SAFE looks ahead to harvesting on its business capacity

Ploughed and prepared for planting, to deliver for the New Year.


The centralisation and coordination of the business from planting to irrigation, fertilisation, harvesting, packing, export and finance under the principle of “best of breed” continued to deliver for SAFE in 2018.

And among of the successes achieved as a result was a notable improvement in the quality and consistency of the fruit delivered, with SAFE operating as a “one-stop shop” to the satisfaction of important SAFE markets internationally.

This is the view of Dries van Rooyen, SAFE’s General Manager of Farming Operations, who says the company will look to even greater improvements to operational efficiencies in 2019.

“We would not have been able to achieve this without the enthusiastic contribution, at every level, of our staff. It’s thanks to them that we have been able to shift this business in the direction we have.” “Staff feel comfortable to take responsibility and are rewarded with increased flexibility and deliverables.”

To this end, SAFE will implement a project to train selected employees in leadership skills supporting the farm managers. Managed under the guidance of Rian du Toit, SAFE Group Manager for Human Resources, the project will eventually be implemented on all SAFE farms with the aim of developing a core of leadership excellence throughout the company.


Centralisation, coordination, maintaining high standards and “best practice” will continue to deliver for SAFE in 2018.


Critical to the coordination of operations was the onboarding, under the guidance of CFO Quentin Scott, to Openbravo, a browser-based ERP software solution. This is the first time that it has been successfully implemented in the fruit exporting environment in Southern Africa.

The introduction of Lancaster Capital into the entire business also contributed to the results by precipitating a streamlining and simplification of our structures. This resulted in a reduction in the number of companies in the group leading to significant cost-cutting and further commitment to improved social and ethical initiatives and alignment with the broader South Africa.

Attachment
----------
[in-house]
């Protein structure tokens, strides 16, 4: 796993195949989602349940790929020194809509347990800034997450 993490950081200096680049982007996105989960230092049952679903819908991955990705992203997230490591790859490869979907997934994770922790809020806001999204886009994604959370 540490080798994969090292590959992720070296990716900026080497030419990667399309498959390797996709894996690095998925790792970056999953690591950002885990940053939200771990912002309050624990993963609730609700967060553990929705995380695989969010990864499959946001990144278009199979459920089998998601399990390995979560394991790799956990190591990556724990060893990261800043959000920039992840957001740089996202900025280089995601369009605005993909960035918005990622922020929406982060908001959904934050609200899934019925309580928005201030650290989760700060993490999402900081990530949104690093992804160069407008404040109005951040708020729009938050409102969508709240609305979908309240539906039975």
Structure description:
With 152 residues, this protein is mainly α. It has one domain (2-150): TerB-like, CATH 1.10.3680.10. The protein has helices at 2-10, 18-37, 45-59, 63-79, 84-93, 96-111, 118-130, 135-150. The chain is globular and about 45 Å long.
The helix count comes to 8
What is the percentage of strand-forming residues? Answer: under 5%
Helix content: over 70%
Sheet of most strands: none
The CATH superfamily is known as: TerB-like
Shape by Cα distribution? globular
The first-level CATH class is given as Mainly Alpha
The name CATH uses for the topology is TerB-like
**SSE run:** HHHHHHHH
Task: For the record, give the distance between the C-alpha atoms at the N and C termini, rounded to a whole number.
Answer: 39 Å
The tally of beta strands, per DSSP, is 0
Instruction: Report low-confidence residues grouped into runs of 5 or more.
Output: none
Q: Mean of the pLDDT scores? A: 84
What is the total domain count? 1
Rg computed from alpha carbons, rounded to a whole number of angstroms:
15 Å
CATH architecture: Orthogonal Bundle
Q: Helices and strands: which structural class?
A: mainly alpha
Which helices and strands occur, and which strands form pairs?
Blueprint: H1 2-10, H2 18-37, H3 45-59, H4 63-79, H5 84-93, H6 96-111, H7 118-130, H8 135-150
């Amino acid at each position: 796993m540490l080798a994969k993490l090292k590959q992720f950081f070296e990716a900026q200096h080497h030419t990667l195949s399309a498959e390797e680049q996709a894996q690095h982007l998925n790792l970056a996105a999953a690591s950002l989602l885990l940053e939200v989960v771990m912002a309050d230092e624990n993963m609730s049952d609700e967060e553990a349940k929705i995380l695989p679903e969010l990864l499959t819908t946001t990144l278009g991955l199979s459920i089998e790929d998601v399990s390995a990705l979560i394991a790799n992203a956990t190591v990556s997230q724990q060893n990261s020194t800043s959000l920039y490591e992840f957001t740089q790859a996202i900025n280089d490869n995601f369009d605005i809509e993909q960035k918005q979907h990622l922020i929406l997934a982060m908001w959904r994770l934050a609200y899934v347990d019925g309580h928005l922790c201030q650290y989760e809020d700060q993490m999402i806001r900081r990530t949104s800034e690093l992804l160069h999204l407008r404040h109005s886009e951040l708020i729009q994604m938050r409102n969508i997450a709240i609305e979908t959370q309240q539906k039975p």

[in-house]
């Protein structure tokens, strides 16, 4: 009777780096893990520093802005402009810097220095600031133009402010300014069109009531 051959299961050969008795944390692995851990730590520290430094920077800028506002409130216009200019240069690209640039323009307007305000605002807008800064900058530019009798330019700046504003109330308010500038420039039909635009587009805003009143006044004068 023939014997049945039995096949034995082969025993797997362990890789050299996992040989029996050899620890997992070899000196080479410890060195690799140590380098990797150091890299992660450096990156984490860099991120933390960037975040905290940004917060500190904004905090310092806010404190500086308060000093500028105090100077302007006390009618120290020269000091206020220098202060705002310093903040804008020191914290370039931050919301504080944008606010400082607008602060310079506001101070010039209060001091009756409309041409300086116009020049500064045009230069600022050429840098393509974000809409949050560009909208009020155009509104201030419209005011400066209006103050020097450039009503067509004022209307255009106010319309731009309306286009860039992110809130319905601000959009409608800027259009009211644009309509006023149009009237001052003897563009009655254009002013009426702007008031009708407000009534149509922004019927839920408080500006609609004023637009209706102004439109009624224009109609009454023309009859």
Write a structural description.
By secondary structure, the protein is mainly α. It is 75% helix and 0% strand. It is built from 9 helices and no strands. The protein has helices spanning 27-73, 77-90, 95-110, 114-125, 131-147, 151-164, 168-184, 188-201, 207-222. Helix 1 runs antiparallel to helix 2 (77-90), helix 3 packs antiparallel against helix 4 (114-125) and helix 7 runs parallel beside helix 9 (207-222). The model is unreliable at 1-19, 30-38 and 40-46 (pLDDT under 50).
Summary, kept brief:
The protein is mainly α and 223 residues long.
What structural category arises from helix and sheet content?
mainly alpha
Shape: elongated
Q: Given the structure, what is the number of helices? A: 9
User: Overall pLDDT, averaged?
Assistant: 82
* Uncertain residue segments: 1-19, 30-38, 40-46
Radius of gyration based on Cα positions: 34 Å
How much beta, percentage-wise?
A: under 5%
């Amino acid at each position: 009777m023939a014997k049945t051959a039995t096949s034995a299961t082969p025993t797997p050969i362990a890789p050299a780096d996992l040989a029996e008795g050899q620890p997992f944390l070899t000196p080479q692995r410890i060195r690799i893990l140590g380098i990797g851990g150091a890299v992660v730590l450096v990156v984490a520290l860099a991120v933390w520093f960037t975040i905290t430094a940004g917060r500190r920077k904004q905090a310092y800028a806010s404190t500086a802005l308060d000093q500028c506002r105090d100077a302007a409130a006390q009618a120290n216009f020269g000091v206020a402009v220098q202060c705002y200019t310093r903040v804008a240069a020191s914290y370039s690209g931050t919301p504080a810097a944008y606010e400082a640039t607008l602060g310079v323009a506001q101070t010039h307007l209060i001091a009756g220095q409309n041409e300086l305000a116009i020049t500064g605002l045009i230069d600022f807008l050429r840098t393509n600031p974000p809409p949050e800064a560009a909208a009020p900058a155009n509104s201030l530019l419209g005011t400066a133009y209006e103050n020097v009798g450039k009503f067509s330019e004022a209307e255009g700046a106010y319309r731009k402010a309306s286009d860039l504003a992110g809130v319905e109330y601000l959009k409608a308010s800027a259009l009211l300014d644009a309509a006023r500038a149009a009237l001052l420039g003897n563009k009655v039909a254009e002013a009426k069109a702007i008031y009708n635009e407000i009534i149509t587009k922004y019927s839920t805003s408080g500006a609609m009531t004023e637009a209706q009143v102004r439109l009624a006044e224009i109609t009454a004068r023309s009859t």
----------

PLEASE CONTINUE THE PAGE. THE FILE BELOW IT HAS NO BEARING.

This year SAFE expanded its service offering in Europe with enhanced prepacking and distribution in Europe. This will meet the growing demand for top seal punnets in Europe and benefit the environment with less plastic usage. We build on the partnership established last year with Netherlands-based fruit and vegetable importer and distributor, Haluco and Vita Optima. “This relationship is already proving to be a success to both businesses,” says Wibo van den Ende, SAFE’s marketing and sales director.

“Haluco has found SAFE to be a reliable and respected producer and exporter in the grape and citrus industry”, according to Haluco Director, Sourcing, René van Graafeiland.

Critically aware of the importance of compliance for global market sales, SAFE continued with its programme of Fairtrade certification with an audit at Nuweland under Farm Administrator, Esmelinda Visser. According to Wibo fruit buyers in SAFE markets are particular about certification, and Fairtrade certification certainly provides a boost for sales.

The Far East markets have seen SAFE moving more into retail and closer to its customers including 2nd tier markets. In addition to more retail in South East Asia there has been growth in lesser-known markets like Myanmar, Cambodia and Laos.

Meanwhile, SAFE’s decision to venture into sheep stud farming at Nuwepos, the company’s 108 ha grape farm near Vanrhynsdorp on the Olifants River more than a year ago, is showing all the signs of success.

In short, in 2019 we plan to build on the successful initiatives of the past, continue with centralisation, coordination and the application of science-based farming methods to improve yields. And of course, we look forward to the challenge of meeting and exceeding the expectations of the markets we serve.


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